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36 CHAPTER 3 HYPOTHESIS FOR CHEMI CAL MECHANISM FOR ULTRA LOW WEAR BEHAVIOR Studies suggest that the ultra low wear PTFE and alpha alumina composites are dynamic systems The alpha alumina filler appears to serve several key functions. First of all, the filler must shut down the gross wear mechanism of PTFE; this i s achieved by adding virtually any filler of adequate size to PTFE. The filler serves to provide p referential load support [ 14 69 ] and arrest crack propagation [ 21 67 ] in the PTFE. While this is a widely accepted mechanism in the r eduction of wear in PTFE, the filler must serve additional functions in reducing wear in the ultra low wear composites Burris et al. [ 11 ] suggested t hat the alumina filler serves to modify the crystallinity of PTFE stabilizing phase I PTFE morphology, which has been shown to perform better tribologically than other phases of PTFE. Throughout many publications and presentations, Burris and Sawyer point to the importance of chemistry in the ultra low wear systems. In h is dissertation [ 70 ] Burris presents XPS data that shows a new tribochemical species in the transfer film of ultra low wear materials He suggested that the new 288 eV peak in the C 1s spectrum was consistent with defluorinated PTFE ( Figure 3 1) Burris mentioned several possibilities for the chemi cal identity o f this degraded or defluorinated chemical species in the transfer film, including carbon carbon double bonds, a conjugated carbon backbone, terminal and branched CF 3 groups, cross linked carbon structures, COF and COOH. Experiments performed in my research suggest that carboxylic acids (COOH) could be the source of the 288 eV peak in the XPS and also be an important formation in the mechanisms of ultra low wear PTFE and alumina composites.

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37 Figure 3 1. Carbon XPS spectrum for transfer films of PTFE and PTFE/alumina composites. R esults from Burris and Perry on PTFE and low wear PTFE composite transfer film. A new tribochemical species was observed. Burris found that many low wear PTFE materials, including PTFE that is filled with alumina, irradiated PTFE and composites that include PTFE as a filler material [ 70 ] T his work by Burris suggests that exploration of chemical degradation and reactivity of PTFE is an obvious direction toward the

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38 under standing of the mechanisms responsible for the ultra low wear of these systems ( Figure 3 2 ) Figure 3 2 An opportunity for degradation, reactivity and tribochemistry as a route to low wear polymer composites. Burris presented an experiment in h i s dissertation where he measured percent of oxygen content in the transfer film of low wear PTFE alumina composites [ 70 ] His results showed that a higher percentage of oxygen is associated with higher friction coefficients. He al so show ed that an increase in the percentage of oxygen is associated with the formation of the thin, robust transfer films consistent with low wear PTFE composites [ 70 ] It is possible that the increase in oxygen is actually an increase in carboxylates terminating end groups of the PTFE. It was first pointed out by Junk et al. that these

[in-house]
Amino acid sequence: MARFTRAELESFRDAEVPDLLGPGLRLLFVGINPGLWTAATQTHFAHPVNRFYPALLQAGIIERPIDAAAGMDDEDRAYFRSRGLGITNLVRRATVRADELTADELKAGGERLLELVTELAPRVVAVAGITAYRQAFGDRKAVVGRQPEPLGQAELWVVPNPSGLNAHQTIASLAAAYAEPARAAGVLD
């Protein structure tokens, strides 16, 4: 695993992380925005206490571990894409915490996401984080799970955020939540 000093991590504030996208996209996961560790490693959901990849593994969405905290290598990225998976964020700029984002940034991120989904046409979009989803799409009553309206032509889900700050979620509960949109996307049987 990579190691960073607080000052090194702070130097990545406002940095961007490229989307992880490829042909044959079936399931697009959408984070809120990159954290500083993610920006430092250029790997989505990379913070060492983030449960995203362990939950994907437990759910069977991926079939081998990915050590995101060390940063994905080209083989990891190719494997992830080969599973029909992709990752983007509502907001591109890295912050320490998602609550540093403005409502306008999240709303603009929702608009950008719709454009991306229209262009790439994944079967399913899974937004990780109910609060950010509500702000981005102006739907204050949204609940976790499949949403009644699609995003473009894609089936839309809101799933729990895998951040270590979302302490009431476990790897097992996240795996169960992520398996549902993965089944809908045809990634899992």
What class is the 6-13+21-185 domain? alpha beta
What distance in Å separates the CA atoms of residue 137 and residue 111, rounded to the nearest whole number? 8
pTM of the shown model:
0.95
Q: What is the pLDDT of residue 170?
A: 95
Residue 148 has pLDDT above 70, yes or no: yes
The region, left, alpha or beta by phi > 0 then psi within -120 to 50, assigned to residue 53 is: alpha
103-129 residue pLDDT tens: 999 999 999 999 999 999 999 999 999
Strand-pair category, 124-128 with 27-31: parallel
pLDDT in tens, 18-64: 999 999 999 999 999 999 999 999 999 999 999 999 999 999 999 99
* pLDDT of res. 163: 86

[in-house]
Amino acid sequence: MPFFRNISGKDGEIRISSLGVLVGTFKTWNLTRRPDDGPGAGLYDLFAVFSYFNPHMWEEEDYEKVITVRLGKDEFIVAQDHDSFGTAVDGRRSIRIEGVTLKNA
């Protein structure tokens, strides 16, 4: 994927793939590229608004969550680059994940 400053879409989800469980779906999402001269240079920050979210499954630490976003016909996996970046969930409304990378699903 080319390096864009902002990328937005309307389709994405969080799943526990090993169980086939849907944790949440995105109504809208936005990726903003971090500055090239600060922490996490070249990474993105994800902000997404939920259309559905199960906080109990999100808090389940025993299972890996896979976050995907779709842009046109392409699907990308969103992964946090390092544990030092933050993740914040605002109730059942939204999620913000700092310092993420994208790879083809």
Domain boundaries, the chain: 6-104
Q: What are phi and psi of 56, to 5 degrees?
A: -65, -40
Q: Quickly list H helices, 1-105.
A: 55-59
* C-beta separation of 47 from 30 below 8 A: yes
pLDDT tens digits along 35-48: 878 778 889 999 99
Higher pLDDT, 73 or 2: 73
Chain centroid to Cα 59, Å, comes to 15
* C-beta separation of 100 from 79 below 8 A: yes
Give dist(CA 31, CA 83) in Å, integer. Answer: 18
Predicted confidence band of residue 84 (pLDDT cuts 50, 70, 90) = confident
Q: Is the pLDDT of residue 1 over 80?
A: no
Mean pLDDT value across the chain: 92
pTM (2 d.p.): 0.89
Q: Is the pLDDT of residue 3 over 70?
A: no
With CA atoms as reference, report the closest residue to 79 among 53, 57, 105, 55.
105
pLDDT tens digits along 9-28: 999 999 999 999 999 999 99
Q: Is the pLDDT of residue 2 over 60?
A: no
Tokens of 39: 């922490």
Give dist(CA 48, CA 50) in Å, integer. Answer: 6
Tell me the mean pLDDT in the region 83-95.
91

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39 carboxylates can chelate to metal counte rsurfaces 1 ( Figure 3 3) Chelation of PTFE to the countersurface creates a robust transfer film that protects both the polymer and the countersample. This mechanism can be environmentally dependent as it requires a source of oxygen or hydroxyl ions to form the carboxyl group. It also requires either the breaking of carbon carbon bonds or partial defluorination of the PTFE to give sites to form these carboxyl groups. Figure 3 3 A proposed chemical mechanism for the formation of COOH groups in the PTFE th at can chelate to a countersurface to form a robust transfer film in ultra low wear PTFE composites 1 It is my opinion that a bimodal (or more) distribution of filler particle size is most successful at producing ultra low wear composites. A filler materia l on the order of 1 5 m can successfully shut down the mechanica l gross wear mechanisms of PTFE. T he chemical identity of this filler is not extremely important, as long as it does not heavily degrade the polymer matrix. Secondly, a filler material on the order of 30 200 nm serves to promote the tribochemistry responsible for producing th e ultra low wear transfer film. T he chemical nature of this filler could be important as it is responsible for promoting the formation of carboxylates. A third, smaller pr imary particle size fumed silica filler may 1 C.P. Junk, B.A. Krick, J.J. Ewin, G.S. Blackman and W.G. Sawyer, Unpublished PTFE and composites, (2011).

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40 further reduce the wear of the system by promoting partial defluorination and crosslinking.